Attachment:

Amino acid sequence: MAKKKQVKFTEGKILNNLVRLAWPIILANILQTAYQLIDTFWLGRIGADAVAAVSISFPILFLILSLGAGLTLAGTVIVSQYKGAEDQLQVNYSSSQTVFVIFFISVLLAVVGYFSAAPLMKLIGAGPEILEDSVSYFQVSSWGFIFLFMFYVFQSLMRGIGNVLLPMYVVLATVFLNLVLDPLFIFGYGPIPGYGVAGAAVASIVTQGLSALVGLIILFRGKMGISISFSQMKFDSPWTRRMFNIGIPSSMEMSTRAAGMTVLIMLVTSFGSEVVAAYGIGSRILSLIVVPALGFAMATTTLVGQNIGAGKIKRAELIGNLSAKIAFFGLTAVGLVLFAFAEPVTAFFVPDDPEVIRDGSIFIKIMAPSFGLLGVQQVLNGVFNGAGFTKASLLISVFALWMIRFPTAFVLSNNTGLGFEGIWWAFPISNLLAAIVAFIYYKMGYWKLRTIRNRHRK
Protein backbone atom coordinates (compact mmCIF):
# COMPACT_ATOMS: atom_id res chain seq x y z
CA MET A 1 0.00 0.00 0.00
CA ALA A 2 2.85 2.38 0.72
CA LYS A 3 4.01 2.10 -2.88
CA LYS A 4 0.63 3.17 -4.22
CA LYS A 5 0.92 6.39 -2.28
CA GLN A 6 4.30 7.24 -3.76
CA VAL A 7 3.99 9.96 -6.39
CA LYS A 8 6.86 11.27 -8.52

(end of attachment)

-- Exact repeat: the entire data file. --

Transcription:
Amino acid sequence: MAKKKQVKFTEGKILNNLVRLAWPIILANILQTAYQLIDTFWLGRIGADAVAAVSISFPILFLILSLGAGLTLAGTVIVSQYKGAEDQLQVNYSSSQTVFVIFFISVLLAVVGYFSAAPLMKLIGAGPEILEDSVSYFQVSSWGFIFLFMFYVFQSLMRGIGNVLLPMYVVLATVFLNLVLDPLFIFGYGPIPGYGVAGAAVASIVTQGLSALVGLIILFRGKMGISISFSQMKFDSPWTRRMFNIGIPSSMEMSTRAAGMTVLIMLVTSFGSEVVAAYGIGSRILSLIVVPALGFAMATTTLVGQNIGAGKIKRAELIGNLSAKIAFFGLTAVGLVLFAFAEPVTAFFVPDDPEVIRDGSIFIKIMAPSFGLLGVQQVLNGVFNGAGFTKASLLISVFALWMIRFPTAFVLSNNTGLGFEGIWWAFPISNLLAAIVAFIYYKMGYWKLRTIRNRHRK
Protein backbone atom coordinates (compact mmCIF):
# COMPACT_ATOMS: atom_id res chain seq x y z
CA MET A 1 0.00 0.00 0.00
CA ALA A 2 2.85 2.38 0.72
CA LYS A 3 4.01 2.10 -2.88
CA LYS A 4 0.63 3.17 -4.22
CA LYS A 5 0.92 6.39 -2.28
CA GLN A 6 4.30 7.24 -3.76
CA VAL A 7 3.99 9.96 -6.39
CA LYS A 8 6.86 11.27 -8.52